Add many colours to your diet

Want to live healthier?

It may be time to go green or yellow or the color of any other fruit or vegetable. Fruits and vegetables contain vitamins, minerals and other nutrients.

Start by having a variety of fruits and vegetables on hand because doubling what we already are eating wards off diseases, reduces oxidative stress and helps us live longer, a new study says. Between chaotic schedules, balancing week to week budgets, and caring for ourselves and our families, sometimes healthy eating is easier said than done. Every family and every person has different needs, so finding the key to healthy eating that fits your routine is important. Take a look at the following tips and give some of them a try to see what works for you. I would love to hear how you put more fruit and veggie colour in your diet each day.

 Pile on the fruits and vegetables. Choose all kinds of fruits and vegetables — fresh, frozen, canned, juiced and dried.

 Look for fruits and vegetables of many different colors.

 Simplify. Instead of being too concerned with counting calories, think of your diet in terms of color, variety, and freshness. Try to avoid packaged and processed foods and opting for more fresh ingredients.  Drink plenty of water. Water helps flush our systems of waste products and toxins, yet many of us go through life dehydrated— causing tiredness, low energy, and headaches. It's common to mistake thirst for hunger, so staying well hydrated will also help you make healthier food choices.  Think smaller portions. Serving sizes have ballooned recently. When dining out, choose a starter instead of an entree, split a dish with a friend, and don't order super-sized anything. At home, visual cues can help with portion sizes. Your serving of meat, fish, or chicken should be the size of a deck of cards and half a cup of mashed potato, rice, or pasta is about the size of a traditional light bulb. By serving your meals on smaller plates or in bowls, you can trick your brain into thinking it is a larger portion. If you do not feel satisfied at the end of a meal, add more leafy greens or round off the meal with fruit.  Avoid eating late at night. Try to eat dinner earlier and fast for 14-16 hours until breakfast the next morning. Studies suggest that eating only when you're most active and giving your digestive system a long break each day may help to regulate weight.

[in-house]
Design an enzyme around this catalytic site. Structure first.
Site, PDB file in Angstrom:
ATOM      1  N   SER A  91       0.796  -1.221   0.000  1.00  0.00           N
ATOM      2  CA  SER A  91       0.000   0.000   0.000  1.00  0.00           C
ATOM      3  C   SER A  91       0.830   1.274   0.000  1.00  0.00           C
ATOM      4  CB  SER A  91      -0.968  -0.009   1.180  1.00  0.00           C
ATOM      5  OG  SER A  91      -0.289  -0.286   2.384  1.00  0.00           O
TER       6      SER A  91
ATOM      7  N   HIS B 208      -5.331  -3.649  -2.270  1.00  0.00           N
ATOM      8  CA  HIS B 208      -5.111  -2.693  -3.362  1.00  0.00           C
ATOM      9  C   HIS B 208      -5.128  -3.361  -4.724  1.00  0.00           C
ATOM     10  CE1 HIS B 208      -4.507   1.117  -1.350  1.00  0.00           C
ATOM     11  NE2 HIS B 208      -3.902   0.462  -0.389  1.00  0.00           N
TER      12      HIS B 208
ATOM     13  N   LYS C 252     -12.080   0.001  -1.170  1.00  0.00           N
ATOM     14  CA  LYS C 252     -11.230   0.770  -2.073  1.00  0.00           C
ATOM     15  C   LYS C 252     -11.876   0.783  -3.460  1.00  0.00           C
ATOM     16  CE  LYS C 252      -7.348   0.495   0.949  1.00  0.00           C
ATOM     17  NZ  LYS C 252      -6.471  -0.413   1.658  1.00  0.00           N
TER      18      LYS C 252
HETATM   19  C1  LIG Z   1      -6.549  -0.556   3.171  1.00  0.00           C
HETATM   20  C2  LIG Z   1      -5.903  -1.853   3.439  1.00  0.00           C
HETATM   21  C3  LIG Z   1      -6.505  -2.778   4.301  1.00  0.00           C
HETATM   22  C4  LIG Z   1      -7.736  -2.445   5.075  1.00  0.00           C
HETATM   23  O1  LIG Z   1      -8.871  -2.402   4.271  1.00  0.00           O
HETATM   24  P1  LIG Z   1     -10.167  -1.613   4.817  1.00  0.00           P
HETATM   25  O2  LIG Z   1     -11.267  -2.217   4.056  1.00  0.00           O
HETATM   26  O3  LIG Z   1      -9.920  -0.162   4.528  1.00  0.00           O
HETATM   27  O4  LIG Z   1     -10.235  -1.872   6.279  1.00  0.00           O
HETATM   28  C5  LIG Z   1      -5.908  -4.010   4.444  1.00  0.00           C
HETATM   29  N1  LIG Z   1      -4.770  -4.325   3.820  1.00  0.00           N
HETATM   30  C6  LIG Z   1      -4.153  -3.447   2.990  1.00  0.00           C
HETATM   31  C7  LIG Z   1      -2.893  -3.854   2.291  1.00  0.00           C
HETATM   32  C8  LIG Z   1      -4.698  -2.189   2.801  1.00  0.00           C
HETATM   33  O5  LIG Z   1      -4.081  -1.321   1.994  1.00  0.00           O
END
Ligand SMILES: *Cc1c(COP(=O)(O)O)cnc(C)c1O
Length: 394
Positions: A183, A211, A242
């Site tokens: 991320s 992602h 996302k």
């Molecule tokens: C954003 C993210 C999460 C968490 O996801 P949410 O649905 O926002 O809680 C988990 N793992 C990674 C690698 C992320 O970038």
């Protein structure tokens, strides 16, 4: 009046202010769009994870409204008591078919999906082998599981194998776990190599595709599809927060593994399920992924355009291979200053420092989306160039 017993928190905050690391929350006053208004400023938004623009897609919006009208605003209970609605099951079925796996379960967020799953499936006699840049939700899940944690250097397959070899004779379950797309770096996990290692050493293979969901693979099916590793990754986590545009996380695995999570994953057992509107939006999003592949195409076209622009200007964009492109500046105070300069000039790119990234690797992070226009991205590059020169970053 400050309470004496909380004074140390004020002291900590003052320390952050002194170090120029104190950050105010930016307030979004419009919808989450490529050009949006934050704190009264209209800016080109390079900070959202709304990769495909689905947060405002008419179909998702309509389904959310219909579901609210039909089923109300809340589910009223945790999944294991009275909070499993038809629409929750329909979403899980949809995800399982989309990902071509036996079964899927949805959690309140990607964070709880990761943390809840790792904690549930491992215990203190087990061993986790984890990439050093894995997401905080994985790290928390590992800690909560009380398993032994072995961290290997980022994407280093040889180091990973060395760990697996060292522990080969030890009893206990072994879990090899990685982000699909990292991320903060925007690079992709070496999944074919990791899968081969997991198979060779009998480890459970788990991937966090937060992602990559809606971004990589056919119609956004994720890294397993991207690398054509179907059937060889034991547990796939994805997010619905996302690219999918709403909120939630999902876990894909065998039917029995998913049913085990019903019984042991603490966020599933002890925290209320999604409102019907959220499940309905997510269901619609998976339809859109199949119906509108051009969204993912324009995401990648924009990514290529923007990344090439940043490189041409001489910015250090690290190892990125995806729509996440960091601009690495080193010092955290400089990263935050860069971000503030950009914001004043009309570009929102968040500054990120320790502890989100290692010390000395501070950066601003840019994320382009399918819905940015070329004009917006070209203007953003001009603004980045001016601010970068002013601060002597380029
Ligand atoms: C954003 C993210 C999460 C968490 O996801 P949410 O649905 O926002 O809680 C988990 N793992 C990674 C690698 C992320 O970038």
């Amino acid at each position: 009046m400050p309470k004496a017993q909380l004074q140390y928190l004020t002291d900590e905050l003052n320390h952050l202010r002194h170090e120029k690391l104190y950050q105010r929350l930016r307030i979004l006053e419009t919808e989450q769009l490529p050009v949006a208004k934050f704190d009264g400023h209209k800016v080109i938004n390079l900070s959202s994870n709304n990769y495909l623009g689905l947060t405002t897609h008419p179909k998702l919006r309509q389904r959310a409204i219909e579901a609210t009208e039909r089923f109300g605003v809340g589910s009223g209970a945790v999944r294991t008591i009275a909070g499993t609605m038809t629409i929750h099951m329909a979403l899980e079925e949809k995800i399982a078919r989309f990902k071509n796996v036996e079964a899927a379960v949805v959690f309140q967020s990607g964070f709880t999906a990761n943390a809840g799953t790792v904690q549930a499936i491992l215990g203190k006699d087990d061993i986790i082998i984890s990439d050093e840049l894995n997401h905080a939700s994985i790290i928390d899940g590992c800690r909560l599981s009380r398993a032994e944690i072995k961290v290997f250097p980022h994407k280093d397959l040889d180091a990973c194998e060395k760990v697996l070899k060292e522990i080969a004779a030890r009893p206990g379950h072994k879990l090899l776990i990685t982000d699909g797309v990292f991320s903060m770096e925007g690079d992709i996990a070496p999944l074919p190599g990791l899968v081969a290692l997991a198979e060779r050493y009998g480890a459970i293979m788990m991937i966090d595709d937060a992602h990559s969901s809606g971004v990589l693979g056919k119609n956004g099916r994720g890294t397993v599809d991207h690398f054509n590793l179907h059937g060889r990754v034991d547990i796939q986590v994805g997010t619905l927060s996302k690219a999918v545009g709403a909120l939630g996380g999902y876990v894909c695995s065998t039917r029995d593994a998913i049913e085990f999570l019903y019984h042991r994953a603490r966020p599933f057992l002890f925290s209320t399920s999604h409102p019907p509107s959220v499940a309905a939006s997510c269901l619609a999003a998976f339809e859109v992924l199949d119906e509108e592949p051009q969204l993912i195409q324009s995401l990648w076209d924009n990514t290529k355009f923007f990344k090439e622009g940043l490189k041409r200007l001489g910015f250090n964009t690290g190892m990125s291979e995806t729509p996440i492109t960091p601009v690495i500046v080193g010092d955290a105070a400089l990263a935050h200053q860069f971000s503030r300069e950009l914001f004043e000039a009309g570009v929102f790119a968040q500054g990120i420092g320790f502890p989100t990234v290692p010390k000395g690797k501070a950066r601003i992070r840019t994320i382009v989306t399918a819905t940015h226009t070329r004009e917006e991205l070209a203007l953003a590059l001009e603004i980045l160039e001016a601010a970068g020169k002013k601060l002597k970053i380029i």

It's important to make good nutrition decisions a part of every snack and meal, every day. Healthy eating will help keep you feeling good, gaining energy, improving health, and stabilizing your mood.

Keep well, Sandra

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